My prayers intensified after Deb, the head captain mom, set up a meeting with me and Jody, the third captain mom. My insecurities intensified, too. Would I fit in? What if I had to take on a task I couldn’t handle? When meeting day arrived, I felt almost overwhelmed by nervousness. “Help me!” I prayed. “Help me to see this in a different light.” And, suddenly, I received a new insight. Yes, I was feeling afraid, but that fear was just an illusion. Behind all the smoke and mirrors, there wasn’t really anything to be afraid of. I was a capable person, and I had the ability to do this job.

Clinging to that thought, I went to the meeting. To my surprise, I enjoyed it! Deb and Jody were friendly, and the tasks assigned to me were doable.

As the season progressed, that continued to be true. Each time I encountered a hurdle — the gymnasium set-up, the parent meeting, the first time I delivered sandwiches to the team — I received grace to leap over it. I actually liked being a captain mom in some ways. During previous seasons, I’d felt a little on the outside at meets, having no one in particular to sit with. Now, I often sat with Deb and Jody. Conversation came easily because we had business to discuss, and as I got to know them better, we had other things to chat about, too. Slowly, my confidence increased.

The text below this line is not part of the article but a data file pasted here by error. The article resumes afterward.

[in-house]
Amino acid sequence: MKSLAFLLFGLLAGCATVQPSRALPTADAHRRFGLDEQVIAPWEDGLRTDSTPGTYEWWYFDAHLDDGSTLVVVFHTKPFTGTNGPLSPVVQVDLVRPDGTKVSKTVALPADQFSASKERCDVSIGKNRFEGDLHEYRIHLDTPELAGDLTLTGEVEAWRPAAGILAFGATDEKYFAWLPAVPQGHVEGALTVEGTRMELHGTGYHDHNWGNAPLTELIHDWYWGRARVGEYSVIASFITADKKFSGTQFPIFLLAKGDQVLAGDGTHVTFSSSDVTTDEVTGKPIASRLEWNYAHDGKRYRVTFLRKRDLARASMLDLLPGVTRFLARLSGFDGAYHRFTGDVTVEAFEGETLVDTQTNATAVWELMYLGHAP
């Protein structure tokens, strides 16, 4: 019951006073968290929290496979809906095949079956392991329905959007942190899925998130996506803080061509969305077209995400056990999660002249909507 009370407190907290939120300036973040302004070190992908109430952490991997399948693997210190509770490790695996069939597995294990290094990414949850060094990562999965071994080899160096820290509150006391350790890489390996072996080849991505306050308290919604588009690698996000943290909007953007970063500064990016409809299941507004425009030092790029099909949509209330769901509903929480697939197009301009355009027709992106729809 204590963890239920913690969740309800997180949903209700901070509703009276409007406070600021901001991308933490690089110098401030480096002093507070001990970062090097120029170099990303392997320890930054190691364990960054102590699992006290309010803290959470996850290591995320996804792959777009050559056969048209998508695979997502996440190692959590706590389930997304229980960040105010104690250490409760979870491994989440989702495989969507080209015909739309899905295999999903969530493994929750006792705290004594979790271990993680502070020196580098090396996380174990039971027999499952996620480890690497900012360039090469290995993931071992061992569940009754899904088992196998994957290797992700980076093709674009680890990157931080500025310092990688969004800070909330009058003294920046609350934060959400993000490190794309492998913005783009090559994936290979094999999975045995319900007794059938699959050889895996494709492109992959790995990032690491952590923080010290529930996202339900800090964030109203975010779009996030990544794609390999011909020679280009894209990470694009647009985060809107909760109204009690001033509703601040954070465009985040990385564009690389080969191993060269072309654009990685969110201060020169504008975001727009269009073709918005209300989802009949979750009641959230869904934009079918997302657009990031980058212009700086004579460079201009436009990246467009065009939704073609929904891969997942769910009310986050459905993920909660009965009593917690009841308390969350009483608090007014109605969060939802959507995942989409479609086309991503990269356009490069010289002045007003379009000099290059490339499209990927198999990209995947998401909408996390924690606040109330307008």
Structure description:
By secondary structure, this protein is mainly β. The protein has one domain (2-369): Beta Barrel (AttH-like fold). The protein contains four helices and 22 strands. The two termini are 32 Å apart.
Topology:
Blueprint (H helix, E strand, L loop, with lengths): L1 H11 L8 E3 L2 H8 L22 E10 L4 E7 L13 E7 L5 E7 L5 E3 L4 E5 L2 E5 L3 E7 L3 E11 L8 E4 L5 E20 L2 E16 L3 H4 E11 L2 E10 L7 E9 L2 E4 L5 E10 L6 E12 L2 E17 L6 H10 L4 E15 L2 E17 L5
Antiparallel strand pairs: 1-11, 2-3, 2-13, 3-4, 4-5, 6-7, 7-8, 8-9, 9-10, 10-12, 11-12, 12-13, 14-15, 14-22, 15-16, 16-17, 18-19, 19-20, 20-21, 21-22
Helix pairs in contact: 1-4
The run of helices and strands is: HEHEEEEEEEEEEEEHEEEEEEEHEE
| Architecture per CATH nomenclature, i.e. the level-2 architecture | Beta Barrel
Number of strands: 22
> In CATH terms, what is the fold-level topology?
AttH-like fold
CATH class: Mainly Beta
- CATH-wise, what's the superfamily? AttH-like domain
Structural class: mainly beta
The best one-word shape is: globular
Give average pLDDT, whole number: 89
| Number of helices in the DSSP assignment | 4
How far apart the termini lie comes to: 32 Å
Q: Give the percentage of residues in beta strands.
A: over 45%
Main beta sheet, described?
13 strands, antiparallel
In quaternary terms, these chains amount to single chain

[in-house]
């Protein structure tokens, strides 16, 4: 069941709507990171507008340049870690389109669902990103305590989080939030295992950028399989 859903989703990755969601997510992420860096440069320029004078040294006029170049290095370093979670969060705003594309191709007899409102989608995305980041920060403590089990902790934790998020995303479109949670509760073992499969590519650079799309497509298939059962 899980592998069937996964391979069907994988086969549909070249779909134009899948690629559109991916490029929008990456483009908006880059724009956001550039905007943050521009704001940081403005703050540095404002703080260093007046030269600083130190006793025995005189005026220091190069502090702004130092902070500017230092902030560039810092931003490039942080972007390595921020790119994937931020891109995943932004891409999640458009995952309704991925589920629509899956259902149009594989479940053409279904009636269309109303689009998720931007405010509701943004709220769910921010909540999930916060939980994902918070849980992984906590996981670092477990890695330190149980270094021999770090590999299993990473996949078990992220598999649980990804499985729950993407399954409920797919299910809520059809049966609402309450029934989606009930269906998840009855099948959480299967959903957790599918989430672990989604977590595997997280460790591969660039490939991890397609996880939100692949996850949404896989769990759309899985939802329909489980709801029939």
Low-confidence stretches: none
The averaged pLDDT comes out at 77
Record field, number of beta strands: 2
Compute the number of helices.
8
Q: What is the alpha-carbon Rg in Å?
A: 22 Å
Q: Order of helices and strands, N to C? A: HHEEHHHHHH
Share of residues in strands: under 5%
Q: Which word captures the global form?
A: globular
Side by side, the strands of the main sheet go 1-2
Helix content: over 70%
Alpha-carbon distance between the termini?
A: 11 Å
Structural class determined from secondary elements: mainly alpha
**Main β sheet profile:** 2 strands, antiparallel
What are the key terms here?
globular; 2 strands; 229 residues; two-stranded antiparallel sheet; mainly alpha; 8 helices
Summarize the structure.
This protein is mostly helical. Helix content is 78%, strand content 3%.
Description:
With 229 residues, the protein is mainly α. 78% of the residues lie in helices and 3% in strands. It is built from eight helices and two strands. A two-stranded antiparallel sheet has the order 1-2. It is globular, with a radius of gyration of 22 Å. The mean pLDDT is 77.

Then, in February, while watching TV with my husband, I got a text from Deb: “Just want to remind you that Senior Night is next Monday. Junior moms have traditionally been in charge of that.”

In spite of how far I’d come, I panicked. In three years of gymnastics, I’d only attended one Senior Night. And now I had to plan it all by myself?

I hurriedly typed, “What does that involve?”

Seconds later, I received Deb’s reply. “On Senior Night, the team recognizes the senior girls with a reception after the meet. You’ll need to get a cake, drinks, decorations, flowers, and a banner.”

For the rest of the TV show, I maniacally texted back and forth with Deb, trying to figure out exactly how things had been done last year. I couldn’t mess this up! As I waited for Deb to find her banner order from the year before and text me a screenshot of it, I suddenly came to my senses. I didn’t have to do this perfectly; I just had to get it done. If I kept the goal in mind — to make the senior girls feel special — everything would work out fine.

And it did. The day after the reception, one of the senior moms even took time to e-mail me, thanking me for the good job I’d done.

A month later, the farewell banquet arrived. As the gymnasts received their ribbons, plaques, and certificates, I felt like I’d earned one, too. I had faced my fears and made it through the season.

But my job wasn’t finished. The next year, Leah became a senior, and now I was the head captain mom. Some parts were challenging — leading the planning meeting, trying to get people to volunteer for those team dinners, and putting together those notorious photo books. Overall, though, I’m glad I had the experience. I learned that if I approach something with faith and a positive, can-do attitude, I can accomplish a lot more than I thought I could.

And I can show up — like a grown-up — to support the people I love.

— Sara Matson —

Reprinted by permission of Chicken Soup for the Soul, LLC 2023. In order to protect the rights of the copyright holder, no portion of this publication may be reproduced without prior written consent. All rights reserved.